Combat operations were managed by Travnik Municipal Defense Headquarters. In September 1992, the first liberation action was carried out from Komar to Vučija glava, when the defense lines were moved by 4 kilometers. At that time, Vlasic became the place from which the Republika Srpska Army deported exiles daily from Bosnian Frontier. In November 1992, the VRS occupied Karaula; the following year, the Bosniak-Croat war lasted, but with the signing of the Washington Agreement it was discontinued, in March 1994 the transport of larger forces along VRS lines was made possible. At the end of March, Bosnian army took over Kvrkuša and Rustovi. For the purposes of the broader liberation, 7th Corps of the Army of the Republic of Bosnia and Herzegovina was founded, headquartered in Travnik; the first battle of the 7th Corps took place on April 24, when the VRS made an attack on the Vlasic plateau and occupied Meokrnje and Glavica. Still, in the counterattack, the 7th Corps forces regained lost ground; the liberation operations continued in May, when the objects of Bjeljik, Crni vrh and the villages of Fonjige, Pobrđani, Šahmani, Brdo and Korenići were taken, in July the location of Srneća brda was liberated.

At the end of the summer of 1994, preparations began for the liberation of Vlasic. Material resources were raised for this purpose and a large number of people were hired. In addition to supplying basic resources, several log cabins were built for 4,000 fighters, as settlements were far away and operations planned for the winter of 1995 were supposed to occur during low temperatures. 3,000 white camouflage uniforms were sewn in Travnik for the snow camouflage. A four-month ceasefire with the VRS was signed in late 1994, in favor of the liberation action, when the 7th Corps Command used that time to organize units and to provide additional training. Accordingly, a training plan called "Bura 95" was launched, which rehearsed new and specific methods of performing the action. After receiving the directive on the conduct of the liberation operation by the General Staff of the ARBiH, the 7th Corps Command began to prepare the operation. After the inspection of the units of the 7th Corps on February 7, 1995 in Travnik, the surrender of war flags, the 7th Corps was ready for the start of the liberation action.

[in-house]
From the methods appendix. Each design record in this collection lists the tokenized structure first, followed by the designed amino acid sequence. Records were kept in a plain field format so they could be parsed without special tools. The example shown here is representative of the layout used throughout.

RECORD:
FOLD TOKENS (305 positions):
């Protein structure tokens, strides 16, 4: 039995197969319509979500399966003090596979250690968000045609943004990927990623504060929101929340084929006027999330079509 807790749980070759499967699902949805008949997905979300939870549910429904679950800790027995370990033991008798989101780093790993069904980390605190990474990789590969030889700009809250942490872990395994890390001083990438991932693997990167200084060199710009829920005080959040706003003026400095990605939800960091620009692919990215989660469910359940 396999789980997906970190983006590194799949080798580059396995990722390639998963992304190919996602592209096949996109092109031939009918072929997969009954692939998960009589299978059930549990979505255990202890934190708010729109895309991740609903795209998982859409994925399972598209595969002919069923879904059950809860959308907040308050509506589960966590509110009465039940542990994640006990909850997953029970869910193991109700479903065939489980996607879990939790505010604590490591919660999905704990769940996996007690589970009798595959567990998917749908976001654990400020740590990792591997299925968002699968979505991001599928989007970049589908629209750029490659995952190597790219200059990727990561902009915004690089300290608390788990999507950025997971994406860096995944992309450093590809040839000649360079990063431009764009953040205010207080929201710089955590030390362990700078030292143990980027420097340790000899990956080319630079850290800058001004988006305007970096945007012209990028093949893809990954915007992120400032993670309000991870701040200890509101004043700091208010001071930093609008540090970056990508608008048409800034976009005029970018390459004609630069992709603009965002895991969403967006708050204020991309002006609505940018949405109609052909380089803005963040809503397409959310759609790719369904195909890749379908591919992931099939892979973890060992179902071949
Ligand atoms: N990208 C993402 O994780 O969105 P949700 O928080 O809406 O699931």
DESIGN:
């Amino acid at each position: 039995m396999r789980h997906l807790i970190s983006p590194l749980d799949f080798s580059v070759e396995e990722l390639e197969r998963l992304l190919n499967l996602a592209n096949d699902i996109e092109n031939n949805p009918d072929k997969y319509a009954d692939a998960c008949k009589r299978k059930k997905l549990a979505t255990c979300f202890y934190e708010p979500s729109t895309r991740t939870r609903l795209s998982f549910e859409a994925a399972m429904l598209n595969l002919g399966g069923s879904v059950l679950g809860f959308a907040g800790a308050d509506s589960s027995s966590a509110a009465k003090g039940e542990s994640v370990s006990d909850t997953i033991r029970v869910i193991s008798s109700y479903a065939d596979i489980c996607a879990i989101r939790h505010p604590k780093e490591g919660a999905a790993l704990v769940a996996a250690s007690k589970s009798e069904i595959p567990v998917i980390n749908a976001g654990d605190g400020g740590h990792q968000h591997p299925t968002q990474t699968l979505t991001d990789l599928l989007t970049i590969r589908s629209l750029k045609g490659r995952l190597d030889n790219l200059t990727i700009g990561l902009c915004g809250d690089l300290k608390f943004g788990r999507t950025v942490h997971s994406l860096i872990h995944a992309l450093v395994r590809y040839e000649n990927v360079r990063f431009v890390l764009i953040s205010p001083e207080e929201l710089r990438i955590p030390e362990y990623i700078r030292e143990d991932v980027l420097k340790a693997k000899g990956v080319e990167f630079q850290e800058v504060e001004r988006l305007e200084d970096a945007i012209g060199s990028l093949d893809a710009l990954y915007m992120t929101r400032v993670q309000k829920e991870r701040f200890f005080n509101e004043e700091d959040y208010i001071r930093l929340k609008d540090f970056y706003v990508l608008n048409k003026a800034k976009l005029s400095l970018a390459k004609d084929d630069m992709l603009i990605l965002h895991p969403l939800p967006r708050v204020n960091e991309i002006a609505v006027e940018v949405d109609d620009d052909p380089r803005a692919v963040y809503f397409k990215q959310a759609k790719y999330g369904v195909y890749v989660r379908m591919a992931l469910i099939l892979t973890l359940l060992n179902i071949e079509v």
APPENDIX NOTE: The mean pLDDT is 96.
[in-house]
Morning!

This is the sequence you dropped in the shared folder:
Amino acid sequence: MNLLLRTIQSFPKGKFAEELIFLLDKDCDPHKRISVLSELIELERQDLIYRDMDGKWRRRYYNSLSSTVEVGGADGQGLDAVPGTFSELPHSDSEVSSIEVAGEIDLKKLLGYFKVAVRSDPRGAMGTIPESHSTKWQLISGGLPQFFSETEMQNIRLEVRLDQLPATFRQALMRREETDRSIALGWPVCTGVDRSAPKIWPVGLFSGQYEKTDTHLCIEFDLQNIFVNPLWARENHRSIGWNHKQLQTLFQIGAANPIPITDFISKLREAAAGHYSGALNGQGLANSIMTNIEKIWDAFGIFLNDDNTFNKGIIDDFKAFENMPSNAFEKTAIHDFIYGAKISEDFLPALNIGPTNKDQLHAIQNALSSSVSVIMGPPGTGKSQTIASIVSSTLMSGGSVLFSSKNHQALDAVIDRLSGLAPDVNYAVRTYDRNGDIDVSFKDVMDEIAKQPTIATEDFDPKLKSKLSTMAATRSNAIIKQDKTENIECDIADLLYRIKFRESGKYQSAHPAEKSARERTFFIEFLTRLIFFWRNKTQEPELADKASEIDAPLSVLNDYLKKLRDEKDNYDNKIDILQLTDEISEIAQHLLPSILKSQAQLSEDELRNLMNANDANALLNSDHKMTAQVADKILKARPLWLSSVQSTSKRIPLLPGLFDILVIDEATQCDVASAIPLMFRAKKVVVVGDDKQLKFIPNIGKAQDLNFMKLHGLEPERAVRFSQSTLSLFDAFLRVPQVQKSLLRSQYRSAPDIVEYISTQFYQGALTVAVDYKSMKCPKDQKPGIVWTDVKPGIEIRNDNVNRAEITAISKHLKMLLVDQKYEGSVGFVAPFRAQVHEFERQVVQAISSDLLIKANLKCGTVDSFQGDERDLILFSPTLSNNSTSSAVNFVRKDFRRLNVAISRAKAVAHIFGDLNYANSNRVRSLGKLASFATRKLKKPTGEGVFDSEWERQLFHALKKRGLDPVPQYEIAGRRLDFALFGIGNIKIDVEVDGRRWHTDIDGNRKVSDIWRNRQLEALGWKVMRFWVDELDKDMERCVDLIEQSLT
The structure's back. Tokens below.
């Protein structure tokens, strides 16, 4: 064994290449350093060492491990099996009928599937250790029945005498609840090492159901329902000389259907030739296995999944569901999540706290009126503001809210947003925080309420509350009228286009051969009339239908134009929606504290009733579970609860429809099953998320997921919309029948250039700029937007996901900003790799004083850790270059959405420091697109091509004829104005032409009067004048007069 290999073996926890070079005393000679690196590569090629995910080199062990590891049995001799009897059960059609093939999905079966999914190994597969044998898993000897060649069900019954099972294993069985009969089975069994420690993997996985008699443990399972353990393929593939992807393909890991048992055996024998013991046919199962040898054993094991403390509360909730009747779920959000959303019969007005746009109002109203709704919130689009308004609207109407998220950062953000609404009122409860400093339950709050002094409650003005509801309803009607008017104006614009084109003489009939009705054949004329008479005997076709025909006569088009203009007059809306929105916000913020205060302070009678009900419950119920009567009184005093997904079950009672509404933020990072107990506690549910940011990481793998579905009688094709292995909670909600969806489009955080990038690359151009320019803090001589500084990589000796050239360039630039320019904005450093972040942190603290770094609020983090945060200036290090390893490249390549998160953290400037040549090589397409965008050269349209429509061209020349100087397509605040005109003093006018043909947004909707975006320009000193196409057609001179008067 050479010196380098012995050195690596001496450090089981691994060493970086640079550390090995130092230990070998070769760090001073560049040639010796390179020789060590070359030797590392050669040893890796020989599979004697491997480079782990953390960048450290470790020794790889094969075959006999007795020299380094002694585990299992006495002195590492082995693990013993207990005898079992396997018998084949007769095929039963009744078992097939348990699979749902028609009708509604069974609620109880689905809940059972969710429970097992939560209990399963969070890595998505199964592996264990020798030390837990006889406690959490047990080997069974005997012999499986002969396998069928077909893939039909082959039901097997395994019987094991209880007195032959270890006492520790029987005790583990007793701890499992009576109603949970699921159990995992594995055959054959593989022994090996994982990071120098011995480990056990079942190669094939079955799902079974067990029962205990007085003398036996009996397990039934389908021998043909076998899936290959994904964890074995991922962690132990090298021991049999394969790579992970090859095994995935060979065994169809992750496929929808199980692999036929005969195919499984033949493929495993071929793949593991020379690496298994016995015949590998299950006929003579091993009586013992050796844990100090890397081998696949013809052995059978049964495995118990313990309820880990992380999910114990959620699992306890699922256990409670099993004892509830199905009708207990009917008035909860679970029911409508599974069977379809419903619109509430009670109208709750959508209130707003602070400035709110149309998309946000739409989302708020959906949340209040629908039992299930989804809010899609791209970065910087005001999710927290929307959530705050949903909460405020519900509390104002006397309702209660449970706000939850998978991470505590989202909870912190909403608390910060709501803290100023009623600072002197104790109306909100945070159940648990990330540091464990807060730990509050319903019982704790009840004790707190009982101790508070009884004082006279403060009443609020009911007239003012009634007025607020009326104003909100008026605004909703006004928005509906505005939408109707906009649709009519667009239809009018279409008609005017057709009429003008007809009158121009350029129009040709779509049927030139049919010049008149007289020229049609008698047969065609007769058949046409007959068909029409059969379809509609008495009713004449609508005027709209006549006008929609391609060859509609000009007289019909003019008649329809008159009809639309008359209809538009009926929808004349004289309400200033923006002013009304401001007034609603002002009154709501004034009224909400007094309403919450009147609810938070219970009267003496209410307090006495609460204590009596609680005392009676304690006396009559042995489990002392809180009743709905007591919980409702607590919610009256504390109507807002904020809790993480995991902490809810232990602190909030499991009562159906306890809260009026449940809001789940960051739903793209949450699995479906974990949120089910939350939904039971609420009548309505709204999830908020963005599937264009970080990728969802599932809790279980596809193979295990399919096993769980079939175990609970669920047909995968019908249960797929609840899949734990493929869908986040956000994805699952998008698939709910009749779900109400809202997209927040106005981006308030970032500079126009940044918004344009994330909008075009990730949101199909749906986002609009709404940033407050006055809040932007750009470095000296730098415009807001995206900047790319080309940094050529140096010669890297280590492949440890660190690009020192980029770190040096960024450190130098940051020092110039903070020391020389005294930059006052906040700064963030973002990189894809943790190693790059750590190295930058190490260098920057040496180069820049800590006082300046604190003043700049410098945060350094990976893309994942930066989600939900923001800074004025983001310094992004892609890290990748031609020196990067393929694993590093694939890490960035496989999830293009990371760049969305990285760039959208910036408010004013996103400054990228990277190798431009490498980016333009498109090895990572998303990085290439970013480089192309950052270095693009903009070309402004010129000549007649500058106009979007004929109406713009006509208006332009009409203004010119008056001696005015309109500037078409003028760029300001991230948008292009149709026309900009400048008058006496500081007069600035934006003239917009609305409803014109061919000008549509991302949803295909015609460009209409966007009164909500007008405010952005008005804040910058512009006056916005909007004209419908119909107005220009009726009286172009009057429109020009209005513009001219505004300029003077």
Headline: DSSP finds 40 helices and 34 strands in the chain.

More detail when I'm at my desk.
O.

War reports said the VRS did not respect the signed ceasefire in the area of responsibility of the 5th Corps near Bihać. The 7th Corps commander, General Mehmed Alagić emphasized that any attack on the 5th Corps was an attack on the 7th Corps. In early 1995, the Bosnian Serbs did not respect the ceasefire in the area of responsibility of the 7th Corps, also. Travnik and its wider surroundings were shelled daily. At that time, the 7th Corps trained its units with a focus on preparing units planned for the continuation of the war as liberation units, notably the 17th Knights, the 705th Glorious, the 727th Glorious Brigades; the operation plan for the liberation of Vlasic, code-named "Range 95", was completed in February. The plan of the operation was to attack the VRS on a broader front the entire area of responsibility of the 7th Corps on the Vlasic plateau, break out of the Smet – GostiljVitovlje – Koric communication; the operation was scheduled to begin on February 20, 1995, involved 10 brigades, 9 tanks and transporters, 25 howitzers and cannons, 191 mortars and 24 480 troops.